Published: 4 September 2012 | Author: Bernard Clarke
Talk to anyone in the pub about mortgages, and most people have always had a view. Talk to them about mortgage funding, and it used to be blank faces all round. But the world has changed. These days, far more people have heard of securitisation, if not of other sources of wholesale funding such as covered bonds. They might not be able to define it, but plenty have heard enough in the wake of the financial crisis to express the view that it’s "a bad thing" – a view that seemed to be reflected among the authorities for a while, although that is now easing.
There isn’t a great deal of it happening, in any case. Investors who previously had a voracious securitisation habit went cold turkey in 2008, and have so far regained little of their previous appetite for mortgage-backed securities. After an optimistic start in the first quarter of 2012, when the wholesale markets, including securitisations, began to show encouraging signs of life, the renewed Eurozone crisis saw markets battening down the hatches again in the second quarter, and at the time of writing wholesale markets remain stubbornly stuck in the doldrums.
Retail Rules OK?
This, together with the wider problems in the interbank lending markets, has meant that many financial institutions - whether by accident or design - have been increasingly funding mortgages to a very large extent through retail deposits, a trend we have witnessed for several years now. And although savers themselves might not see it this way, this means that savers are currently able to get an inflation-busting good deal. They are currently able to obtain term deposit rates of over 3% - not bad, with the Bank of England rate at 0.5% and inflation running at 2.6%. With retail savings the main game in town for funding mortgages, competition for savings is strong, and shows no sign of abating.
But is this a healthy funding market for mortgages? Retail savings may be politically popular and seen as less risky than fickle institutional investment and wholesale funding, but is this perception accurate?
Why we need mixed funding
We would argue that there are good reasons why the mortgage market needs a wider funding base than retail savings alone. There are several reasons for this:
- The "putting all your eggs in one basket" argument. While retail savings may be the flavour of the month now, they are not immune from external influences. There have been plenty of examples in recent years when building societies, for example, have suffered outflows due to particularly aggressive rates on offer from National Savings products. In this situation, lenders risk having to pay savers such high rates that their mortgage rates become uncompetitive, or risk a shortfall in their funding needs as savers choose other more lucrative homes for their cash. We have also seen that at times of crisis, retail funding is not as stable and "sticky" as some people thought.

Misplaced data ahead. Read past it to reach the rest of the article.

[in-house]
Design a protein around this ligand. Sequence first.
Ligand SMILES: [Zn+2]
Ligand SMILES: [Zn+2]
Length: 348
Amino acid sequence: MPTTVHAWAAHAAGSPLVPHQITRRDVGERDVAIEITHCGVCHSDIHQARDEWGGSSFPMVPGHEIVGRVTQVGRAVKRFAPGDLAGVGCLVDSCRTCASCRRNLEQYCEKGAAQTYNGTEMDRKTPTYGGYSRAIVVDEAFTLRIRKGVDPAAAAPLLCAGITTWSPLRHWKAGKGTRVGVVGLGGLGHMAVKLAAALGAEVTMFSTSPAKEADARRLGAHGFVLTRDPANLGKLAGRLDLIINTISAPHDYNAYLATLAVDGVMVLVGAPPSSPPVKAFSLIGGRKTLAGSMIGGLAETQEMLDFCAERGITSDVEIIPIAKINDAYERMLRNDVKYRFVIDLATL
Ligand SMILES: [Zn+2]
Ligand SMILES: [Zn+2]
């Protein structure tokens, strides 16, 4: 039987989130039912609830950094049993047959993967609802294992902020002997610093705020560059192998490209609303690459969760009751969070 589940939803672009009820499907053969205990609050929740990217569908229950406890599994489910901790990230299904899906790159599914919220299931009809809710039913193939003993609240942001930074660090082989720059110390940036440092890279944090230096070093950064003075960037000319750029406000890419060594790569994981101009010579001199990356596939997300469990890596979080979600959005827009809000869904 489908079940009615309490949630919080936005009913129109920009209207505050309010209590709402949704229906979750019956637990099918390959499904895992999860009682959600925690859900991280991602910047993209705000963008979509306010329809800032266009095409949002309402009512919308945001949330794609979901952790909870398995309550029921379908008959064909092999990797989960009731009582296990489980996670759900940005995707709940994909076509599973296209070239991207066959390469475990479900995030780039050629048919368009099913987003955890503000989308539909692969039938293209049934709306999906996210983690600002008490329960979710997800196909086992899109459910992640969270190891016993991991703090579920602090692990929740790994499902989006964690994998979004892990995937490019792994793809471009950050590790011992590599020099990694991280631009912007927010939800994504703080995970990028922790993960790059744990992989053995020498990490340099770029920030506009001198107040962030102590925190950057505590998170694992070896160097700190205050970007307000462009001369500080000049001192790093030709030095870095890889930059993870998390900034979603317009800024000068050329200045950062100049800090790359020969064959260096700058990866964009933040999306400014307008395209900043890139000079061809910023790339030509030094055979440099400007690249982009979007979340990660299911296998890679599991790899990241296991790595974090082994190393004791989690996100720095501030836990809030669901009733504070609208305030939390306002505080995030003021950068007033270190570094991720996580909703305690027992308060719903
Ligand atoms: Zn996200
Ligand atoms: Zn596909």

- The "borrowing short and lending long" argument. In an ideal world, lenders would match the term of their borrowing to the term of their lending. This would give them a perfect – and perfectly foreseeable – knowledge of what their rate of return would be over the full life of the loan. In reality, life is a lot less perfect than this. While a mortgage may be notionally a 25-year contract, in reality many mortgages will last nowhere near this long, as people choose to remortgage. Similarly, few savers would be prepared to tie up their savings for such long periods. This is also true in the wholesale funding markets. However, securitisation is one example of how lenders can offset the risk of mismatches between funding and lending maturities – when priced properly and undertaken transparently, it can significantly reduce the risk of lenders having to price in a generous margin to the consumer to offset the balance sheet risks of mismatched (or unknown) funding and lending maturities.